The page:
From eNewsletter 8/14/2023
DID YOU KNOW that optimal magnesium and calcium intake is associated with lower risk of hearing loss in older adults?
A study in Frontiers in Nutrition found that older adults getting at least 400 mg. magnesium (from food and supplements) and 1000 mg. calcium (from food and supplements) had a significantly lower risk of low frequency hearing loss and speech frequency hearing loss.
The authors also mentioned that food and supplement sources of magnesium and calcium need to be individualized for maximum effectiveness.
Steve Minsky MS, HWC
As a Health and Wellness Counselor, Steve analyzes and offer solutions to optimize human functioning not only with food, but every aspect of your lifestyle, whether for prevention or healing. More info on Steve's services.
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Have a happy, healthy day! Steve and Bonnie Minsky
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Steve: Since the pandemic, there has been a major uptick in tinnitus cases. Here are the latest breakthroughs and suggestions.
Where You Live
If you have tinnitus and find difficulty sleeping, experts suggest a white noise machine or other soft sound to distract from the ringing. This would be particularly helpful if you live close to traffic noise. According to a recent study in Environmental Health Perspectives, there is a vicious cycle involving stress reactions and sleep disturbance as a potential cause. If you live near a busy road, it may increase your stress levels and affect your sleep. When we are under stress and sleep poorly, we may be at a higher risk of developing tinnitus.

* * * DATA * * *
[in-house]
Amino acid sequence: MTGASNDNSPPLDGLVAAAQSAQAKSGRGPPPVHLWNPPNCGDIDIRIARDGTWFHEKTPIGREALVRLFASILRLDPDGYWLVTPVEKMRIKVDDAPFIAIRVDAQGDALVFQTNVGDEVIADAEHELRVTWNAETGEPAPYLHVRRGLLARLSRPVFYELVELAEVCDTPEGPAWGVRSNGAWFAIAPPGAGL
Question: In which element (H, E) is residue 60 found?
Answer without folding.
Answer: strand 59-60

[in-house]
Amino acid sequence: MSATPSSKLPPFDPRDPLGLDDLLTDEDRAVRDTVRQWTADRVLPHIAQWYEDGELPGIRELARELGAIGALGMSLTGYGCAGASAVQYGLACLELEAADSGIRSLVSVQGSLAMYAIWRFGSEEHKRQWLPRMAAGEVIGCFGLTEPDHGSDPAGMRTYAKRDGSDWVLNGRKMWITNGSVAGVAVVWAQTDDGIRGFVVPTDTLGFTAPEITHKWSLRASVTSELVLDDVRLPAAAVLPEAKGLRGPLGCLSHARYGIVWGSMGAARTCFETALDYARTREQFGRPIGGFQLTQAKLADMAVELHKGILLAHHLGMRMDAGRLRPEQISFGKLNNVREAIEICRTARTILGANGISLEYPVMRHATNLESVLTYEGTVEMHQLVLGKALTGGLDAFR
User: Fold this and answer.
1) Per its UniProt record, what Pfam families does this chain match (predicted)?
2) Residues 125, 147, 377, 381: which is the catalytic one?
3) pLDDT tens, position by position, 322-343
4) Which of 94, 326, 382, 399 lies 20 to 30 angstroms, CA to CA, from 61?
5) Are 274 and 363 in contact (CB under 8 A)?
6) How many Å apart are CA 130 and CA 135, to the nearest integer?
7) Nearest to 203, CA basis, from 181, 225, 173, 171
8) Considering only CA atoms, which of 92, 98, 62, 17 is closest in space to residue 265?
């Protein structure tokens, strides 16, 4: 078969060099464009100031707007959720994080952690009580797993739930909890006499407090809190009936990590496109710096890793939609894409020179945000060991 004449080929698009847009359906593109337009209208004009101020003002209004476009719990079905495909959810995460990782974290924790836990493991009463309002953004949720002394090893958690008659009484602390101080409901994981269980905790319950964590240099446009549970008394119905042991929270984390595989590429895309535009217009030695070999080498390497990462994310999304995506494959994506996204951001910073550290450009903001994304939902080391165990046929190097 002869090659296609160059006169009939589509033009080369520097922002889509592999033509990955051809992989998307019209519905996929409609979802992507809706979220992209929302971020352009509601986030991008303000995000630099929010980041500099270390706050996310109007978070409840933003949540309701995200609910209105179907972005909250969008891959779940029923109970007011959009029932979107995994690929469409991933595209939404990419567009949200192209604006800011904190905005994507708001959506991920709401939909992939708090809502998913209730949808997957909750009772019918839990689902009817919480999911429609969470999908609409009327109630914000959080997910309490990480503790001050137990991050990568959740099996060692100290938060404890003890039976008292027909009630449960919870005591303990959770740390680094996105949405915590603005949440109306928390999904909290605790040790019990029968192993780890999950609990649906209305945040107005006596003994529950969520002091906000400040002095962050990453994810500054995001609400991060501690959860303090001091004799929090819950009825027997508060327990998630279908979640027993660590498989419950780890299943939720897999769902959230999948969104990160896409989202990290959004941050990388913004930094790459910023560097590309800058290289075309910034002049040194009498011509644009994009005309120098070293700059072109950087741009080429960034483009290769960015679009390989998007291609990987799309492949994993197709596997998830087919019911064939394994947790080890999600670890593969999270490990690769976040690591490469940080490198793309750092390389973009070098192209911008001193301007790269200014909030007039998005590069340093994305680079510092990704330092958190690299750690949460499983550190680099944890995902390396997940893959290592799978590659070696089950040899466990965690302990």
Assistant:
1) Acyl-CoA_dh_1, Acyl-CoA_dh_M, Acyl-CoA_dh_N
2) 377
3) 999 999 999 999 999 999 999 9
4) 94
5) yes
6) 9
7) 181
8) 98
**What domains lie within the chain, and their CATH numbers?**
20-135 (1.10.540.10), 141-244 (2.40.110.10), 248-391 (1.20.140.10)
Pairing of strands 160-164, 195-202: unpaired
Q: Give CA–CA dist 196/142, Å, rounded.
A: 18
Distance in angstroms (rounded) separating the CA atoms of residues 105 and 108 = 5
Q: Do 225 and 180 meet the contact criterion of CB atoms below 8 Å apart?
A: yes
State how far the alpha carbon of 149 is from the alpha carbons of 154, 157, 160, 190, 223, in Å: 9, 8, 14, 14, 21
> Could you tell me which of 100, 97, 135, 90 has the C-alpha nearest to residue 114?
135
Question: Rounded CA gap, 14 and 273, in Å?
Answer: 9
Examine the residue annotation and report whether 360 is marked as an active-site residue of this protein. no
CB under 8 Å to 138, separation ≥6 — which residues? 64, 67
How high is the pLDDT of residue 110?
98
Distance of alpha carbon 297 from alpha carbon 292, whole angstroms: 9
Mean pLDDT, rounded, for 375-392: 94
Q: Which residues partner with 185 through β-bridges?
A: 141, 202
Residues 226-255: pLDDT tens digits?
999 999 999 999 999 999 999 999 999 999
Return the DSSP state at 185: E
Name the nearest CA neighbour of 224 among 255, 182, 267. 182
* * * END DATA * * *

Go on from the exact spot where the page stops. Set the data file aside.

Active Bisensory Treatment
A combination of acoustic and electrical stimulation may reduce tinnitus by half if the cause is overactivity of the dorsal cochlear nucleus in the brain stem, according to a new study in JAMA Network Open. The treatment is called active (bisensory) treatment, and is a portable device developed and manufactured by in2being, LLC, for in-home use.
A study from Nutrients elucidated the role of diet in tinnitus onset. Researchers found that high intake caffeine, some dairy products like butter, processed meats, sugar, alcohol, and legumes increased the risk for, or exacerbated, tinnitus.
If you are taking an ototoxic drug (a drug that can be toxic to hearing health), your health care provider may recommend stopping treatment and replacing the drug with a less toxic one.
Tinnitus hearing aids can help diminish symptoms of tinnitus, especially for age-related hearing loss or cases where the brain is trying to fill a void in sound.
Acupuncture may be effective. Cognitive behavior therapies (CBT) can help you cope with some of the side effects of tinnitus, which can include depression, anxiety and cognitive decline.